It is the debt financing terms between the African governments and the Chinese government that are seen as particularly egregious. At present, the countries in Africa with the largest Chinese debt are Angola ($25bn), Ethiopia ($13.5bn), Zambia ($7.4bn), the Republic of Congo ($7.3bn), and Sudan (6.4bn).
The negative effects of China’s economic presence
It is bad enough that China’s lending entities, which are government-owned, do not disclose the terms of their lending to African countries. It is even worse that African government leaders also agree to this. After all, terms of loans made to African countries by the IMF, the World Bank and the African Development Bank – all of which are also non-commercial institutions – are routinely made public.
I mention this because many writers mistakenly refer to the Chinese entities who make these loans to African and other emerging market governments – Beijing’s policy banks, the China Development Bank and the Export-Import Bank – as “private” creditors. These entities are about as far away from the global private commercial banks as can be. Arguably they should be seen as “official” creditors.
Even worse is when China’s presence affords—even seemingly energises—local elites in Africa to veer away from the rule of law and renege on pre-existing contracts with incumbent foreign investors to Beijing’s advantage.
This not only results in massive and expensive investment disputes, but also has a lasting effect on souring the reputation and investment climate in the country to attract capital investment from other nations.
Djibouti is the poster child here.
It has flouted the rules of international arbitration for an investment dispute settlement by unilaterally abrogating the 30-year port concession agreement for the Doraleh Container Terminal it had signed in 2006 with UAE’s DP World (DPW) and ceded control of DPW’s share to China Merchants.
READ MORE Djibouti is doing fine without DP World
After losing several cases on the matter, including before a tribunal comprised of members chosen jointly by the parties under the auspices of the London Court of International Arbitration, Djibouti is now bringing the case to a local court, contending that under domestic law the concession’s stipulations regarding international arbitration are illegal in Djibouti.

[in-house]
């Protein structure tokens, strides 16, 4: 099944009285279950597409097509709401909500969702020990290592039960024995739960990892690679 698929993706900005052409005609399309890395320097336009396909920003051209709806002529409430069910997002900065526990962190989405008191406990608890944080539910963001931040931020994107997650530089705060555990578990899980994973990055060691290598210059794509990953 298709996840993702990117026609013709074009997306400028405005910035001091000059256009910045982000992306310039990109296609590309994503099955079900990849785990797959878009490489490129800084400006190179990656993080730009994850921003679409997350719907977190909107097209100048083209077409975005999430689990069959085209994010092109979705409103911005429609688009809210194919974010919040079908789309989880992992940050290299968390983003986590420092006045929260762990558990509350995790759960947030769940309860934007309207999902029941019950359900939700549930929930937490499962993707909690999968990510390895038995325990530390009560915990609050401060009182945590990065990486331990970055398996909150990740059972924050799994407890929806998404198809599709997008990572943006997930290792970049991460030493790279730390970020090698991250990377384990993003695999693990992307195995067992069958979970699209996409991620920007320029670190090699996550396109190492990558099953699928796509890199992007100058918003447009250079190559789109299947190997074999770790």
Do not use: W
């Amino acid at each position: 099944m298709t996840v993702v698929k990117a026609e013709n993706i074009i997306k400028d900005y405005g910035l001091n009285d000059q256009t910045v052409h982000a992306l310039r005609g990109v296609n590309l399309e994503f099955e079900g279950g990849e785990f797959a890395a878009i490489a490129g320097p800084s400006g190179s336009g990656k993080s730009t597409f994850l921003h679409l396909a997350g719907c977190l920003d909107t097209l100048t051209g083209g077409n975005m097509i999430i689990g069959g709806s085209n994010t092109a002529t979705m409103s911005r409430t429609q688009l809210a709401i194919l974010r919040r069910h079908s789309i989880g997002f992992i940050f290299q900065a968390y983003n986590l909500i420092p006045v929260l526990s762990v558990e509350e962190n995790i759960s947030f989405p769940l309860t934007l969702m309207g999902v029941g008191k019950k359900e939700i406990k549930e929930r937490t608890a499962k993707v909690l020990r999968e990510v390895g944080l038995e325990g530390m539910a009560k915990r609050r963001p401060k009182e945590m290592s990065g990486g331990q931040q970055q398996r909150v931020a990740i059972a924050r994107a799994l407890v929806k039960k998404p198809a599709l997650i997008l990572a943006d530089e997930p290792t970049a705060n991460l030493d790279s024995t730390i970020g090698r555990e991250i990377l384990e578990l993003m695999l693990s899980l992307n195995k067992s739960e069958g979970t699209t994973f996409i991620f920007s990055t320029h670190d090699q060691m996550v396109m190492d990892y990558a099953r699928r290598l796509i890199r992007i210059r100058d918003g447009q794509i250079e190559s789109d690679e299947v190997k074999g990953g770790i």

Around the world, government officials who are most revered by their populations, hugely successful in ushering in reforms that spur their country’s economic growth, and leave in their wake enviable legacies as great government leaders, are those who are always on the lookout for opportunities to instil confidence by engaging in transparent conduct. Any African official therefore would do well to tell Chinese official lenders that it is on this basis that they will do business with them under the BRI.
To be clear, I am not naïve to think it will be a rare leader of an African country – or of many emerging markets – who is willing to do this. Many European or American businesspeople are also naïve or too timid to not push back against unreasonable commercial conditions imposed or supra-competitive prices charged (sometimes in the form of demand for bribes) by foreign governments – China’s or any other.
Still, the dirty little secret of the BRI is that Beijing is far more desperate for it to succeed than are the potential recipients. African government leaders – as well as each country’s broader group of stakeholders – therefore, rather than behaving as supplicants should not be shy in voicing their concerns and negotiate in earnest with the Chinese on BRI’s terms and objectives.
Who knows, perhaps the BRI may well be able to help them move forward with their economic development objectives and dreams.